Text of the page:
Scaling-up Hepatitis C Prevention and Treatment Interventions for Achieving Elimination in the United States – a Rural and Urban Comparison

Hannah Fraser, Claudia Vellozzi, Thomas Hoerger, Jennifer Evans, Alex H. Kral, Jennifer Havens, April Young, Jack Stone, Senad Handanagic, Susan Hariri, Carolina Barbosa, Matthew Hickman, Alyssa Leib, Natasha Martin, Lina Nerlander, Henry Raymond, Kimberly Page, Jon Zibbell, John Ward, Peter Vickerman

Research output: Contribution to journalArticle (Academic Journal)peer-review

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In the U.S. Hepatitis C virus (HCV) transmission is increasing among people who inject drugs (PWID). Many regions have insufficient prevention intervention coverage. Using modelling, we investigate the impact of scaling-up prevention and treatment interventions on HCV transmission among PWID in Perry County, Kentucky (PC), and San Francisco, California (SF), where HCV sero-prevalence among PWID is >50%. A greater proportion of PWID access medication-assisted treatment (MAT) or syringe service programs (SSP) in urban SF (established community) than rural PC (young, expanding community). We model the proportion of HCV-infected PWID needing HCV-treatment annually to reduce HCV-incidence by 90% by 2030, with and without MAT scale-up (50% coverage, both settings) and SSP scale-up (PC only) from 2017. With current MAT&SSP coverage during 2017-2030, HCV-incidence will increase in PC (21.3 to 22.6 per 100 person-years (/100pyrs)) and decrease in SF (12.9 to 11.9/100pyrs). With concurrent MAT&SSP scale-up, 5%/year of HCV-infected PWID need HCV-treatment in PC to achieve incidence targets; 13%/year without MAT&SSP scale-up. In SF, a similar proportion need HCV-treatment (10%/year) irrespective of MAT scale-up. Reaching the same impact by 2025 requires increases in treatment rates of 45-82%. Achievable provision of HCV-treatment, alongside MAT&SSP scale-up (PC) and MAT scale-up (SF), could reduce HCV-incidence.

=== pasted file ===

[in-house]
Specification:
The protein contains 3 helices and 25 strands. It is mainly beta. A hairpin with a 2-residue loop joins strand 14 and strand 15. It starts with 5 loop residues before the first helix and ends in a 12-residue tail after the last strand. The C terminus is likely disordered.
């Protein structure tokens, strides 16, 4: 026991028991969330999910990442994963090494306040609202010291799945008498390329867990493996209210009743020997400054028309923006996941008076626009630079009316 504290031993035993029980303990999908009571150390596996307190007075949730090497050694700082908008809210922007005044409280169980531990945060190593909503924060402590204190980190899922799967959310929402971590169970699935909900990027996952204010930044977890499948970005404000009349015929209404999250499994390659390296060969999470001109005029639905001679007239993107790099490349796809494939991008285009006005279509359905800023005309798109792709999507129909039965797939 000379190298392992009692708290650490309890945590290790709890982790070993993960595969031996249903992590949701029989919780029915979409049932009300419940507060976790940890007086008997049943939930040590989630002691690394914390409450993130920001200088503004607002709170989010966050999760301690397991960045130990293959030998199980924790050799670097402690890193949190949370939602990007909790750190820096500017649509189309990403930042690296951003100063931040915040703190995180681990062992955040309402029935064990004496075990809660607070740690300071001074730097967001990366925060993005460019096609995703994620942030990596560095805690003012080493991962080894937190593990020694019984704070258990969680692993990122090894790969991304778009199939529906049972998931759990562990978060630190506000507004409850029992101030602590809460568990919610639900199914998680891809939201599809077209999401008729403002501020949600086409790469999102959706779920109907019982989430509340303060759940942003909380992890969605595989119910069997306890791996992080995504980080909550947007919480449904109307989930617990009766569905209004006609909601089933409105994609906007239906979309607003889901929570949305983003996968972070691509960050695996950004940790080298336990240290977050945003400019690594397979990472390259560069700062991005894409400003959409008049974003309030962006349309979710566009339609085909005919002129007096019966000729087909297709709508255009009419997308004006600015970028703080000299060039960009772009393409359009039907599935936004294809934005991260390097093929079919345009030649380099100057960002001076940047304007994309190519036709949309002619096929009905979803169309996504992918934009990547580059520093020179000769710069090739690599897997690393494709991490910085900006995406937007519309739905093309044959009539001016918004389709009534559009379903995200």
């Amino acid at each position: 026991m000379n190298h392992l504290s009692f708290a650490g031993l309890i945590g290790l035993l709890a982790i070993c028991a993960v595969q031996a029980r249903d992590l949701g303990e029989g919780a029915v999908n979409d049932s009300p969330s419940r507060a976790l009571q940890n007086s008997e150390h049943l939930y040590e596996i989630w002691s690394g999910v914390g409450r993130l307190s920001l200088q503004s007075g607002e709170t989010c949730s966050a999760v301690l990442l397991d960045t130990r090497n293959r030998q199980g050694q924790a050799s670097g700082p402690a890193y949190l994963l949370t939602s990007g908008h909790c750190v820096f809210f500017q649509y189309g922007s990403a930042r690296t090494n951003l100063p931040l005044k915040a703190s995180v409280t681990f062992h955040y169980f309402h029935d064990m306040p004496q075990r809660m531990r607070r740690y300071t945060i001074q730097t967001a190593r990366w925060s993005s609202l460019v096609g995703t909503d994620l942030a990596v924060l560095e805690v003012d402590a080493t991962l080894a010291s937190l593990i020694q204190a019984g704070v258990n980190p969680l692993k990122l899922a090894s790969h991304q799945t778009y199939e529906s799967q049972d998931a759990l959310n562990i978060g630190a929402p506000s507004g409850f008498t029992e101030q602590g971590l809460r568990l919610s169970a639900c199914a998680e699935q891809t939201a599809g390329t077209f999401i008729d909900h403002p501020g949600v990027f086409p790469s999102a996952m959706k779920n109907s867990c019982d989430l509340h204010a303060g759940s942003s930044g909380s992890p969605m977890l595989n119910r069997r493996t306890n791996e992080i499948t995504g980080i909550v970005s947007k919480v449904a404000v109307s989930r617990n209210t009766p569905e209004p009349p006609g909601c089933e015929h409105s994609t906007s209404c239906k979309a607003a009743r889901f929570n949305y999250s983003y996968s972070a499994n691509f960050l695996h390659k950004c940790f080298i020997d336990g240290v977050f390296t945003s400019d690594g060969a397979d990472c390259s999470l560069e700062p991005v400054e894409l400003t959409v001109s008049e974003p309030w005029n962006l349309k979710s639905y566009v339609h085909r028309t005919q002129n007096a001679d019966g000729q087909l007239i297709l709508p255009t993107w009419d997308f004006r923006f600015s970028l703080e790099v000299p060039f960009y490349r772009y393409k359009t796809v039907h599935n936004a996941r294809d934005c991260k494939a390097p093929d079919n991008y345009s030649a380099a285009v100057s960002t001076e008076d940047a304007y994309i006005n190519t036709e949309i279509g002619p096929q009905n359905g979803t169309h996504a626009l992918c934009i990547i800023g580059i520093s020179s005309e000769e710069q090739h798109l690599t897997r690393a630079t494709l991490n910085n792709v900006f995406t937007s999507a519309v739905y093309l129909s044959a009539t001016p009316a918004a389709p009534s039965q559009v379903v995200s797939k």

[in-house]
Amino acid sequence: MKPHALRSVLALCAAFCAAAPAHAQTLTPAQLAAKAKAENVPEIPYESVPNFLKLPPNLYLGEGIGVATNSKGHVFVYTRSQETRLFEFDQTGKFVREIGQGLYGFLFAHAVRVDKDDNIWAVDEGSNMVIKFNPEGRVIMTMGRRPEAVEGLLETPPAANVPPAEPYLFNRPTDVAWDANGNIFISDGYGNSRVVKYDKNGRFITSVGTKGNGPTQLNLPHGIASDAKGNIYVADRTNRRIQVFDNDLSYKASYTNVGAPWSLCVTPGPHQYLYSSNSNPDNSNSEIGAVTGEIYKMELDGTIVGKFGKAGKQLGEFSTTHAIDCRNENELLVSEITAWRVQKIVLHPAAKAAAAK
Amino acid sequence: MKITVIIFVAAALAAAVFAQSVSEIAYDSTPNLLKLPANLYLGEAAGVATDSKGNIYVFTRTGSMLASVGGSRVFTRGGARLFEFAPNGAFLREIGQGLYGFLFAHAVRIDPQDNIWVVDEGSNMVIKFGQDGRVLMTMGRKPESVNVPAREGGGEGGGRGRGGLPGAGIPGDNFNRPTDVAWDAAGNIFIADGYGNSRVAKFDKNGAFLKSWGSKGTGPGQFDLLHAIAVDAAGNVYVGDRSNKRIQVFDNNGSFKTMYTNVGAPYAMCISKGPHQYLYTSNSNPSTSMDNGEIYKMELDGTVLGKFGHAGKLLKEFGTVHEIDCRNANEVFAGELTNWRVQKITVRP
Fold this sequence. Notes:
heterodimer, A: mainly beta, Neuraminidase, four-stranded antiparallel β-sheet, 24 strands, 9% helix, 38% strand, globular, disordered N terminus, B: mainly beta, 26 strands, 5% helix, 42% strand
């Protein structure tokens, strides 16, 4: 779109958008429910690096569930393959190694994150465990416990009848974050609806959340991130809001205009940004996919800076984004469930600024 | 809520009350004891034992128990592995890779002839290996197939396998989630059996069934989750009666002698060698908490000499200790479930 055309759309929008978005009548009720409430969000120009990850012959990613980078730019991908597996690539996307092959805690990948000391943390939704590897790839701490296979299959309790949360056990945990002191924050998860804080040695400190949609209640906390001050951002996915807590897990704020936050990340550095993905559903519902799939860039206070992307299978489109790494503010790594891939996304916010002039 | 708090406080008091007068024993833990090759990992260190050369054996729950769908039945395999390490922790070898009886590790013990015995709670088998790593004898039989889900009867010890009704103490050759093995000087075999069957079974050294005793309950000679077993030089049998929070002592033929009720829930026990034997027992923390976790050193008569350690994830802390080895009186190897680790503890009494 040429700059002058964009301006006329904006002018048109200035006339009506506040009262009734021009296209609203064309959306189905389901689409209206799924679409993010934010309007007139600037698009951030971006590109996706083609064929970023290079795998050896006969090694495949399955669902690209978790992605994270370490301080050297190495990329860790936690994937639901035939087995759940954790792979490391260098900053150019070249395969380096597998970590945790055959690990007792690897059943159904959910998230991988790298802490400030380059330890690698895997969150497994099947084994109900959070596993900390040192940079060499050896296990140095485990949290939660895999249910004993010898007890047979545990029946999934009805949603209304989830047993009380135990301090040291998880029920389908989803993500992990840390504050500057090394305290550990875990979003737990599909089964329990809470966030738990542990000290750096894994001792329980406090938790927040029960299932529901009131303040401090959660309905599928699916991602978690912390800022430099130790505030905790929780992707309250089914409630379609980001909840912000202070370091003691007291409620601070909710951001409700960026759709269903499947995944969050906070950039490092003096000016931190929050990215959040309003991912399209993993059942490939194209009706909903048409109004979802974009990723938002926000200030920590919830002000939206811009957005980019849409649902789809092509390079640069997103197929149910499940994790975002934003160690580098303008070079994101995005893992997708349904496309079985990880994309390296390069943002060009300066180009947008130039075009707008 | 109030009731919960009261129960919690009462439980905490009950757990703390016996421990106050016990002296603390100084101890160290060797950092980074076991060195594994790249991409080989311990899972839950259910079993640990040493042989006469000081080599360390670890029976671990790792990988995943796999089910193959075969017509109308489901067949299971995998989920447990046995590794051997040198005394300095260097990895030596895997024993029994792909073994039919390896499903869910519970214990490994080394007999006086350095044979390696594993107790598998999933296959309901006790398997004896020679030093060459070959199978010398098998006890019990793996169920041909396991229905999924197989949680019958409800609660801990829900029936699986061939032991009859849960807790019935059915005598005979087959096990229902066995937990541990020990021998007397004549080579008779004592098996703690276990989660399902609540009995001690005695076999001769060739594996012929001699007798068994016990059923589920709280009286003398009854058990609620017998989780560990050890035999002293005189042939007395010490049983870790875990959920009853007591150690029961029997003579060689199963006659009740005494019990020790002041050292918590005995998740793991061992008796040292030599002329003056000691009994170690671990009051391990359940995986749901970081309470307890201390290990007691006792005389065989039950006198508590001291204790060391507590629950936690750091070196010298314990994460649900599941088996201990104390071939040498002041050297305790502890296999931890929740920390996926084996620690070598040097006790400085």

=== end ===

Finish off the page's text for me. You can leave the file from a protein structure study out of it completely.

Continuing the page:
Original languageEnglish
Article numberkwz097
Pages (from-to)1539–1551
Number of pages13
JournalAmerican Journal of Epidemiology
Issue number8
Publication statusPublished - 31 May 2019


  • direct-acting-antiviral HCV-treatment
  • Hepatitis C virus
  • medication-assisted treatment
  • modelling
  • persons who inject drugs
  • syringe service programs

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